KALISPELL — Brentley Ehmann was born in June 2010 and just a few months later he was diagnosed with a rare birth defect of his skull causing his brain to grow abnormally.
Brentley underwent complete reconstructive surgery of his skull at Denver Children’s Hospital at just six months old.
What comes next is a story of a family finding light during life’s darkest hours — sharing compassion with thousands of families across the world while fulfilling a legacy that will never be forgotten.
“Extremely frightening, extremely scary to go through, you know I did the whole why me? Why my baby?” said Brentley's Mom Summer Ehmann.
Shortly after birth, Brentley Ehmann was diagnosed with craniosynostosis.
“It’s where the sutures of the skull fuse together prematurely and it causes the brain not to grow properly, misshaped head,” said Summer.
As Brentley was set to undergo reconstructive surgery at Denver’s Children’s Hospital, his mom Summer received a special gift.
“I actually got a care package sent to me from a stranger in Nebraska and it just had a couple little things in it but it was super touching, and I said well why would you do that? and she said well I got a care package from a stranger out of Seattle, and I said well who is this person that sent you that? And she said Shelby Davidson, so I reached out to her.”
“Like a fuzzy blanket for the baby, a stretched knit hat all hand-made, we have a ribbon prayer chain which is just 15 loops of ribbons with motivational sayings and scriptures on it, they usually hang it on the baby’s crib at the hospital,” said Summer.
Since their inception in 2011, Summer and Shelby have sent more than 10,000 care packages to families around the world.
Following his successful surgery, Brentley was as active as a Montana kid could be, skiing in the winter, and riding dirt bikes in the summer. But last spring Brentley’s parents received a phone call from his elementary school that their son had a headache and needed to be picked up from class.
“It was like the worst excruciating pain, yeah so he was in a lot of pain, and he was diagnosed with a migraine,” said Summer.
Brentley passed away at Logan Health in Kalispell less than a week after his initial headache at 11 years old. An autopsy revealed Brentley died from an undiagnosed case of bacterial meningitis.
“I mean we literally thought we were going to bring him home two days later, like I just thought okay he had a really bad headache and they’re going to get this under control and will go home and I had no idea that sending him into that second MRI he wouldn’t come back,” said Summer.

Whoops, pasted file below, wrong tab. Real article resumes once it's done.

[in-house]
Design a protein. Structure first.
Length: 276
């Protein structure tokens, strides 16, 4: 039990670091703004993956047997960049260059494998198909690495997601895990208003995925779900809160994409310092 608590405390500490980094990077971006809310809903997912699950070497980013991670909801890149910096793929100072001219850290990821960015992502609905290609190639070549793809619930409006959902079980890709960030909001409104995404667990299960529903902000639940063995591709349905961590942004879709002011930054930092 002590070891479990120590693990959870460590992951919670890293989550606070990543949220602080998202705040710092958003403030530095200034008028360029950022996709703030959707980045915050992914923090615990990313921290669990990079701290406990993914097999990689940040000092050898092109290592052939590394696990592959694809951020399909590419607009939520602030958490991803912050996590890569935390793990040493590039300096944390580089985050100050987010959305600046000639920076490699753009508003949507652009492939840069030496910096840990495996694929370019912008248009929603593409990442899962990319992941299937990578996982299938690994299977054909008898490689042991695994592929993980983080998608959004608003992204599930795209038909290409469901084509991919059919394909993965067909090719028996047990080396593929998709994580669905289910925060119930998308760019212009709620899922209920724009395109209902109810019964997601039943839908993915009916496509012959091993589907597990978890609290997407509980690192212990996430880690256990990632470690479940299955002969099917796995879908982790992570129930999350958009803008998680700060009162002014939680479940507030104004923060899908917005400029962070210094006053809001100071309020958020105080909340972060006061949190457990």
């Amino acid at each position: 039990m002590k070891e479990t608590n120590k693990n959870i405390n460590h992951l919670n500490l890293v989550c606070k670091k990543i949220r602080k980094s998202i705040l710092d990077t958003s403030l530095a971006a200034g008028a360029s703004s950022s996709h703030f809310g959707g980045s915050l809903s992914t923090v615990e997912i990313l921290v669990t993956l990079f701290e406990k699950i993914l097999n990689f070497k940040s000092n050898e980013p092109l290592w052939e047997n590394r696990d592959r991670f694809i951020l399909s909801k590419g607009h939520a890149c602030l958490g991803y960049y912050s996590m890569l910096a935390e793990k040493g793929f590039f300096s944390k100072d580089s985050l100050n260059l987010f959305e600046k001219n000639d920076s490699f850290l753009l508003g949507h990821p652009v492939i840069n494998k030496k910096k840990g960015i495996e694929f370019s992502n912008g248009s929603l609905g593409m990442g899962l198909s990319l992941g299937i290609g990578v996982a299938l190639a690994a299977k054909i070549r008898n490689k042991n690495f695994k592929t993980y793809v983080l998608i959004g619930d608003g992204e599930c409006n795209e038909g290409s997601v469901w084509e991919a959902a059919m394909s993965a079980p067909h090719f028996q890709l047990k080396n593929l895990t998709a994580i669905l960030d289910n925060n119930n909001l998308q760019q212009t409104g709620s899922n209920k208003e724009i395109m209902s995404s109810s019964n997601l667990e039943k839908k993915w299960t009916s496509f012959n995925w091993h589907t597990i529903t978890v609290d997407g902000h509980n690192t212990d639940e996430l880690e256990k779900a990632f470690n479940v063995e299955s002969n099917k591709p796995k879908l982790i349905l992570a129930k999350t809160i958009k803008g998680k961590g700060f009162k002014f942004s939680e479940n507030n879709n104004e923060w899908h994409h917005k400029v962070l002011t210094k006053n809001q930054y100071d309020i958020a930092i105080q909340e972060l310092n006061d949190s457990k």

Brentley and his dad Ryan did everything together from taekwondo to building trucks and sharing a passion for rodeo.
“I got on a bareback horse and man after one ride it was like the song, I was hooked on an 8-second ride,” said Brentley's Dad Ryan Ehmann.
Ryan rode bareback in the professional rodeo circuit and won a national championship in 2004 and after 17 years in retirement, his son convinced him to get back in the rodeo arena.
“He said, 'Dad I want to do it with you,' I said, 'Okay I’ll do it with you.' And then he passed away a year ago," said Ryan.
Since Brentley’s passing, Ryan’s been volunteering time with the Kalispell Rodeo Club, teaching the next generation of bareback riders.
“Super excited about this summer, we’re going to hit a few rodeos together, but when we load up the camper and the Dodge pickup truck, I got a bunch of young kids with me, that I would have done with my son.”
Ryan spent countless hours with Brentley rebuilding and selling old trucks on their family ranch. Brentley called himself his dad's business partner.
“It meant the world to me, and after he passed the hardest thing, I’ve ever done in life is…I got to go back to the garage and keep working without him, and I’m just like I’m a tough rodeo guy, I grew up on a ranch, I didn’t think I was that tough, it’s been rough, it’s been hard,” said Ryan.
Ryan’s now mentoring some of Brentley’s best friends, building trucks while teaching valuable life lessons.
“If I can give back to the kids or the community and just be that inspiration and serve other kids, and have other people look at me and be like that guy made a change in my life, he impacted my life, that’s my mission.”
Summer and Ryan know Brentley’s legacy will live on forever through giving, kindness, and love.
“Really love on your kids, love on your family because you don’t know if tomorrow comes, that would be my advice, live today like it’s the last," Ryan concluded.
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